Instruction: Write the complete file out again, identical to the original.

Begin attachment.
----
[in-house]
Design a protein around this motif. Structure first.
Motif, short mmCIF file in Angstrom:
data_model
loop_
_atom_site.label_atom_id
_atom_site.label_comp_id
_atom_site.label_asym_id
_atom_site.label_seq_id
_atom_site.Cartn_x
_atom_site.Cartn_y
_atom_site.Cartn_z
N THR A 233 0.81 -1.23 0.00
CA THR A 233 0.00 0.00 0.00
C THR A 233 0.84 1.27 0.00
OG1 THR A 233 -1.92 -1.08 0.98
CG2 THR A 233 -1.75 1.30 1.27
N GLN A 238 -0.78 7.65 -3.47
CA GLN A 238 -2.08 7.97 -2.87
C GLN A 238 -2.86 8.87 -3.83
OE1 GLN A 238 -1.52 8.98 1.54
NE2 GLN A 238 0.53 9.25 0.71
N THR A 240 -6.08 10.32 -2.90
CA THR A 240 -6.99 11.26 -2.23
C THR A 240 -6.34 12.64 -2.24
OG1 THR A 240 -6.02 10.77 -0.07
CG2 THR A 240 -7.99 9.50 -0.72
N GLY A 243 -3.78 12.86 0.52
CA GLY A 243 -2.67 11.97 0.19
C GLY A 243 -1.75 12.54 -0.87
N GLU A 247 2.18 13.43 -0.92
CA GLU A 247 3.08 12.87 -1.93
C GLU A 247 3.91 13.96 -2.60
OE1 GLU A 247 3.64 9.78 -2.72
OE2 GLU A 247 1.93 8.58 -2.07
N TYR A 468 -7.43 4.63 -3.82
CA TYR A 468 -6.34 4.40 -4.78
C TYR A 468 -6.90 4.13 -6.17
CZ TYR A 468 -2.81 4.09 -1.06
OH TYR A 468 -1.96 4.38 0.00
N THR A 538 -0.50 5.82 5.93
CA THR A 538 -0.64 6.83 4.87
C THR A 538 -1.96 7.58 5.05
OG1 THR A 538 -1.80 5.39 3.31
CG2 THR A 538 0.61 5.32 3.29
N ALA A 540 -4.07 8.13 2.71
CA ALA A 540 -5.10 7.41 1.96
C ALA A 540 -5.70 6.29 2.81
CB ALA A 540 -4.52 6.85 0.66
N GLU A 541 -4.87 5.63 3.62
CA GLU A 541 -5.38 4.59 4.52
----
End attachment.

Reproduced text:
[in-house]
Design a protein around this motif. Structure first.
Motif, short mmCIF file in Angstrom:
data_model
loop_
_atom_site.label_atom_id
_atom_site.label_comp_id
_atom_site.label_asym_id
_atom_site.label_seq_id
_atom_site.Cartn_x
_atom_site.Cartn_y
_atom_site.Cartn_z
N THR A 233 0.81 -1.23 0.00
CA THR A 233 0.00 0.00 0.00
C THR A 233 0.84 1.27 0.00
OG1 THR A 233 -1.92 -1.08 0.98
CG2 THR A 233 -1.75 1.30 1.27
N GLN A 238 -0.78 7.65 -3.47
CA GLN A 238 -2.08 7.97 -2.87
C GLN A 238 -2.86 8.87 -3.83
OE1 GLN A 238 -1.52 8.98 1.54
NE2 GLN A 238 0.53 9.25 0.71
N THR A 240 -6.08 10.32 -2.90
CA THR A 240 -6.99 11.26 -2.23
C THR A 240 -6.34 12.64 -2.24
OG1 THR A 240 -6.02 10.77 -0.07
CG2 THR A 240 -7.99 9.50 -0.72
N GLY A 243 -3.78 12.86 0.52
CA GLY A 243 -2.67 11.97 0.19
C GLY A 243 -1.75 12.54 -0.87
N GLU A 247 2.18 13.43 -0.92
CA GLU A 247 3.08 12.87 -1.93
C GLU A 247 3.91 13.96 -2.60
OE1 GLU A 247 3.64 9.78 -2.72
OE2 GLU A 247 1.93 8.58 -2.07
N TYR A 468 -7.43 4.63 -3.82
CA TYR A 468 -6.34 4.40 -4.78
C TYR A 468 -6.90 4.13 -6.17
CZ TYR A 468 -2.81 4.09 -1.06
OH TYR A 468 -1.96 4.38 0.00
N THR A 538 -0.50 5.82 5.93
CA THR A 538 -0.64 6.83 4.87
C THR A 538 -1.96 7.58 5.05
OG1 THR A 538 -1.80 5.39 3.31
CG2 THR A 538 0.61 5.32 3.29
N ALA A 540 -4.07 8.13 2.71
CA ALA A 540 -5.10 7.41 1.96
C ALA A 540 -5.70 6.29 2.81
CB ALA A 540 -4.52 6.85 0.66
N GLU A 541 -4.87 5.63 3.62
CA GLU A 541 -5.38 4.59 4.52